Gutierrez: Fiction. It certainly wouldn't be surprising if the Bucks decide to share the ball, get hot from 3-point range and steal a game. But it's hard to picture this Heat team letting down -- even when they get to Milwaukee. There's a different vibe to this team, as evidenced by the 27-game win streak, that won't allow it to let a game slip away.
Robb: Fact. The Bucks hung tough with the Heat for the better part of three quarters in Game 1, providing a glimmer of hope for my Heat in 5 prediction. The Bucks will need more from their frontcourt to earn a win, but I expect those guys to come through with at least one strong performance back in Milwaukee.
Schmidt: Fiction. Milwaukee's best opportunity will likely come in Game 3. Miami should be confused about arriving to a locale where the temperature doesn't quite reach 40 degrees and the rain isn't warm, so the Bucks might be able to pull one out. But that sentence seems way more fiction than fact.
4. Fact or Fiction: Melo is the most important player in the playoffs.
Cavan: Fact. That "Win Now" is the season's refrain tells you how important the Knicks view their current window, however narrow. LeBron might be King, Kevin Durant a usurper, and CP3 a merciless marshal, but don't underestimate the power of a starving kingdom to drive its savior.
Cianfrone: Fiction. With LeBron James, the Heat are title favorites. Without him, they drop down to the level of the Knicks and Pacers. There just isn't a player who affects the title picture as much as James, especially with the level he is playing at, at the moment. Melo is a close second.
Gutierrez: Fiction. The Knicks have performed well in big games without Melo during the regular season. When the ball is moving and J.R. Smith is taking good shots, they can still win even without huge performances from Anthony. The most important player is probably Chris Paul. His team would be absolutely lost without him.
Robb: Fiction. Melo is the most important piece on the Knicks, but the NBA playoffs is a two-way game. Anthony doesn't do enough on the defensive end of the floor to merit that title. Until someone is able to stop him, James is still the most important player out there, even on a loaded Heat roster.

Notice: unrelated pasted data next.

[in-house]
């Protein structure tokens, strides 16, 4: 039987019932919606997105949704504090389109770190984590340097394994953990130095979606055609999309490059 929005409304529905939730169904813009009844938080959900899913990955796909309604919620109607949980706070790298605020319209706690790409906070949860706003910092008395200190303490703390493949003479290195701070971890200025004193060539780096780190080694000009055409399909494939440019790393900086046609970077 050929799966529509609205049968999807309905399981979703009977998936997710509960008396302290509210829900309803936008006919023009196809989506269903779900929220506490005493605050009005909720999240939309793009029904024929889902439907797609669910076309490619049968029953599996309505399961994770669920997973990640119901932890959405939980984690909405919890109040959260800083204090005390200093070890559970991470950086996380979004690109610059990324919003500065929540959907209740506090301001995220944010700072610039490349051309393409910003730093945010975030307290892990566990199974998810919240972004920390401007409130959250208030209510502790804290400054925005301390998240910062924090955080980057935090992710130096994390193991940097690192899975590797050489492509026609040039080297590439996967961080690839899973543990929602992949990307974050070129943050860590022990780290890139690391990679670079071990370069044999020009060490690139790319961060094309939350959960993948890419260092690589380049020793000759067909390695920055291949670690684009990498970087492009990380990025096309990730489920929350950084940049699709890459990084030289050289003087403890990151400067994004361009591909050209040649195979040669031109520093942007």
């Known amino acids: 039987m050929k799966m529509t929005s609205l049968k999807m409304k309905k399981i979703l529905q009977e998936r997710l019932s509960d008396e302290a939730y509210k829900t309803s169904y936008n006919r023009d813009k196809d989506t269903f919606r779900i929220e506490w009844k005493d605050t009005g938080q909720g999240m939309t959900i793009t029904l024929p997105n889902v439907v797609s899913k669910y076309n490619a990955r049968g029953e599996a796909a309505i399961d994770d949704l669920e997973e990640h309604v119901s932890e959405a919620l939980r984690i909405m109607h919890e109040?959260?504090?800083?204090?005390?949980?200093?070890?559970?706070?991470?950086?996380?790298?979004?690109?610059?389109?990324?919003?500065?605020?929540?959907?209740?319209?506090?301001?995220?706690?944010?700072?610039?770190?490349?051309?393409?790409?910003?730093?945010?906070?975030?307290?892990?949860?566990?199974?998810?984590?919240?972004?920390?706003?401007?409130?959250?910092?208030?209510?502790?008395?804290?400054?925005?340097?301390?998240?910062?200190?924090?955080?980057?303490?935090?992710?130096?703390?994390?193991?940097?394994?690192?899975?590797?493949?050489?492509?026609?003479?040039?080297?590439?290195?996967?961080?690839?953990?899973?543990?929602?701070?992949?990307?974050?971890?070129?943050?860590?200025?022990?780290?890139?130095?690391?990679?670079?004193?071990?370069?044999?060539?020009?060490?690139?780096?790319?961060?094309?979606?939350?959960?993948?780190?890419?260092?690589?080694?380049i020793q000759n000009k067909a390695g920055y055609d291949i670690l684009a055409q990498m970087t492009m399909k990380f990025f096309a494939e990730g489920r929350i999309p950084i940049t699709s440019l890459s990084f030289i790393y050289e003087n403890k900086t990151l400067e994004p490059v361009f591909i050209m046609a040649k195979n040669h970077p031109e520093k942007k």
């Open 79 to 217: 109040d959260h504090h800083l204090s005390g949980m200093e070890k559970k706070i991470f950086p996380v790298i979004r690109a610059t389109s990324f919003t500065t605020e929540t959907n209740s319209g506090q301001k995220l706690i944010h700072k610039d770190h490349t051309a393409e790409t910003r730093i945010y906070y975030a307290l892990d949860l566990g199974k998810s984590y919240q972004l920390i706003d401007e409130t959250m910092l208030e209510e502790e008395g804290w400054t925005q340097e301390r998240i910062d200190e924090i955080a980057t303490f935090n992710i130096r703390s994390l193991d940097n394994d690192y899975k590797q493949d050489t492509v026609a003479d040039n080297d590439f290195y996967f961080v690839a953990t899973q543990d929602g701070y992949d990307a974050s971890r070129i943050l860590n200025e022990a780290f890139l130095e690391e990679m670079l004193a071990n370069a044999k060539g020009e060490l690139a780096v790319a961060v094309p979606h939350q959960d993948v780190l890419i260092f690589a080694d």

Schmidt: Fiction. He means a great deal to the Knicks' success, and without him, New York wouldn't be getting out of the first round. But there's no basketball player on planet Earth more important than James right now. He barely moved on Sunday and tossed up stats that would represent a career game for most.
5. Fact or Fiction: Denver's lack of star power is a fatal flaw.
Cavan: Fact. Now it is. With a healthy Gallinari, the Nuggets had the depth, gameplan and gumption to make a serious run at the Finals. They might yet make some noise, but losing Gallo will come back to haunt them sooner or later. Which is a shame; we could've used a fun narrative foil to the Heat's superhero exploits.
Cianfrone: Fiction. The Nuggets' fatal flaw is the rash of injuries that have hit them recently. They lost their best shooter already, and who knows how Kenneth Faried will play after missing Game 1. If healthy, this team had a chance to win the West, but now a trip to the Western Conference finals seems like a bit of a stretch.
Gutierrez: Fiction. It would help if the team was completely healthy, but it's still one of the few superstar-free teams that could go deep into the playoffs. They've shown it by beating the Oklahoma City Thunder three out of four times this season. Unlike superstar-driven teams, the Nuggets' depth still translates in the playoffs because they're balanced. Even Evan Fournier, who wasn't in the rotation all season, is a threat.
Robb: Fiction. Injuries might end up being Denver's true fatal flaw, but a lack of star power isn't a major issue. The Nuggets have a number of capable role players who do their jobs incredibly well. With a savvy coach like George Karl pulling the strings, they have the ability to hang tough with anyone in the West.
Schmidt: Fact. Denver isn't going to win a title without a guy who can transcend the game and become unstoppable. It isn't so much that one star is necessary, but having someone who can be the best player on the court at any time is necessary. From a talent level, how could Denver possibly overcome a team like Oklahoma City? They can't.
Israel Gutierrez is an NBA columnist for ESPN.com. Jim Cavan, Matt Cianfrone, Brian Robb and Jeremy Schmidt contribute to the TrueHoop Network.